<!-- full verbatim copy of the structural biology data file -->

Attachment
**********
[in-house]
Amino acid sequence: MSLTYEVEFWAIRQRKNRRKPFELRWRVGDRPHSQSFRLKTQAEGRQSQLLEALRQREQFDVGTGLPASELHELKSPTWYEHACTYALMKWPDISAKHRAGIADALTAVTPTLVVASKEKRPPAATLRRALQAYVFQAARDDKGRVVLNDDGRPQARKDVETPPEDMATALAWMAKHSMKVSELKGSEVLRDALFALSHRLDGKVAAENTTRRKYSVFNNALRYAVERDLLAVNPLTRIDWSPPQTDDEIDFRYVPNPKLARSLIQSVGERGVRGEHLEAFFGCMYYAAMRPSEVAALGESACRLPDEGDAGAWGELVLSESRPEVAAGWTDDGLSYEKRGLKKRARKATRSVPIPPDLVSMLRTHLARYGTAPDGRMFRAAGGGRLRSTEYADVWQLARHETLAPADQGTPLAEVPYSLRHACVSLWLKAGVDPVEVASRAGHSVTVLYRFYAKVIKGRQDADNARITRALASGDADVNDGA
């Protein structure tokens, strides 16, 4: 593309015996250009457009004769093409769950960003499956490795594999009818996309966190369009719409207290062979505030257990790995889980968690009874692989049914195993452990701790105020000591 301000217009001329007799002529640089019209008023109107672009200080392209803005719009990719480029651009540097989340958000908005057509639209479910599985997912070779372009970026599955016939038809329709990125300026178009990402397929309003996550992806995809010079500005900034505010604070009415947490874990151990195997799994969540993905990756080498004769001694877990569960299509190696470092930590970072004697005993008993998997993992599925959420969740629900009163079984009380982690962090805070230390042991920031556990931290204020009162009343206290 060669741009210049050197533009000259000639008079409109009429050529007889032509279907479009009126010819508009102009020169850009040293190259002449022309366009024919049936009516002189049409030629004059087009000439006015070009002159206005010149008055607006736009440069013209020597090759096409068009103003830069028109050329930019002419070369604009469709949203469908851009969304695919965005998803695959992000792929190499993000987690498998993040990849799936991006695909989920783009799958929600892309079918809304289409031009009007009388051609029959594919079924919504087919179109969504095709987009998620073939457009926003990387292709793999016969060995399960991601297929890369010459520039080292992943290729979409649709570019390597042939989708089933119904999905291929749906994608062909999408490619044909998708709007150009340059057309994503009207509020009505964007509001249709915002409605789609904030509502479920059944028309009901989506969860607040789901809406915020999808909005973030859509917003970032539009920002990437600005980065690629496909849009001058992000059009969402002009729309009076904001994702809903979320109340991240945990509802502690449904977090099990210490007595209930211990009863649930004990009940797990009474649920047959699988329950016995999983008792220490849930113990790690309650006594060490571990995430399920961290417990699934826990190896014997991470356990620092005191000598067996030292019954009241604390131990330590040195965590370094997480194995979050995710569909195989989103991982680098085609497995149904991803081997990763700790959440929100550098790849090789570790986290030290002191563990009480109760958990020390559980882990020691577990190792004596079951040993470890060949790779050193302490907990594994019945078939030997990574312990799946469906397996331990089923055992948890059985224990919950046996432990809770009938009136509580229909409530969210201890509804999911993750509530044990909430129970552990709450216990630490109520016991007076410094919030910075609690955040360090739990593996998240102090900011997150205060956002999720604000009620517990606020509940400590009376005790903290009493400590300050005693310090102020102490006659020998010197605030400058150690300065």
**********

[in-house]
Amino acid sequence: MSLTYEVEFWAIRQRKNRRKPFELRWRVGDRPHSQSFRLKTQAEGRQSQLLEALRQREQFDVGTGLPASELHELKSPTWYEHACTYALMKWPDISAKHRAGIADALTAVTPTLVVASKEKRPPAATLRRALQAYVFQAARDDKGRVVLNDDGRPQARKDVETPPEDMATALAWMAKHSMKVSELKGSEVLRDALFALSHRLDGKVAAENTTRRKYSVFNNALRYAVERDLLAVNPLTRIDWSPPQTDDEIDFRYVPNPKLARSLIQSVGERGVRGEHLEAFFGCMYYAAMRPSEVAALGESACRLPDEGDAGAWGELVLSESRPEVAAGWTDDGLSYEKRGLKKRARKATRSVPIPPDLVSMLRTHLARYGTAPDGRMFRAAGGGRLRSTEYADVWQLARHETLAPADQGTPLAEVPYSLRHACVSLWLKAGVDPVEVASRAGHSVTVLYRFYAKVIKGRQDADNARITRALASGDADVNDGA
């Protein structure tokens, strides 16, 4: 593309015996250009457009004769093409769950960003499956490795594999009818996309966190369009719409207290062979505030257990790995889980968690009874692989049914195993452990701790105020000591 301000217009001329007799002529640089019209008023109107672009200080392209803005719009990719480029651009540097989340958000908005057509639209479910599985997912070779372009970026599955016939038809329709990125300026178009990402397929309003996550992806995809010079500005900034505010604070009415947490874990151990195997799994969540993905990756080498004769001694877990569960299509190696470092930590970072004697005993008993998997993992599925959420969740629900009163079984009380982690962090805070230390042991920031556990931290204020009162009343206290 060669741009210049050197533009000259000639008079409109009429050529007889032509279907479009009126010819508009102009020169850009040293190259002449022309366009024919049936009516002189049409030629004059087009000439006015070009002159206005010149008055607006736009440069013209020597090759096409068009103003830069028109050329930019002419070369604009469709949203469908851009969304695919965005998803695959992000792929190499993000987690498998993040990849799936991006695909989920783009799958929600892309079918809304289409031009009007009388051609029959594919079924919504087919179109969504095709987009998620073939457009926003990387292709793999016969060995399960991601297929890369010459520039080292992943290729979409649709570019390597042939989708089933119904999905291929749906994608062909999408490619044909998708709007150009340059057309994503009207509020009505964007509001249709915002409605789609904030509502479920059944028309009901989506969860607040789901809406915020999808909005973030859509917003970032539009920002990437600005980065690629496909849009001058992000059009969402002009729309009076904001994702809903979320109340991240945990509802502690449904977090099990210490007595209930211990009863649930004990009940797990009474649920047959699988329950016995999983008792220490849930113990790690309650006594060490571990995430399920961290417990699934826990190896014997991470356990620092005191000598067996030292019954009241604390131990330590040195965590370094997480194995979050995710569909195989989103991982680098085609497995149904991803081997990763700790959440929100550098790849090789570790986290030290002191563990009480109760958990020390559980882990020691577990190792004596079951040993470890060949790779050193302490907990594994019945078939030997990574312990799946469906397996331990089923055992948890059985224990919950046996432990809770009938009136509580229909409530969210201890509804999911993750509530044990909430129970552990709450216990630490109520016991007076410094919030910075609690955040360090739990593996998240102090900011997150205060956002999720604000009620517990606020509940400590009376005790903290009493400590300050005693310090102020102490006659020998010197605030400058150690300065």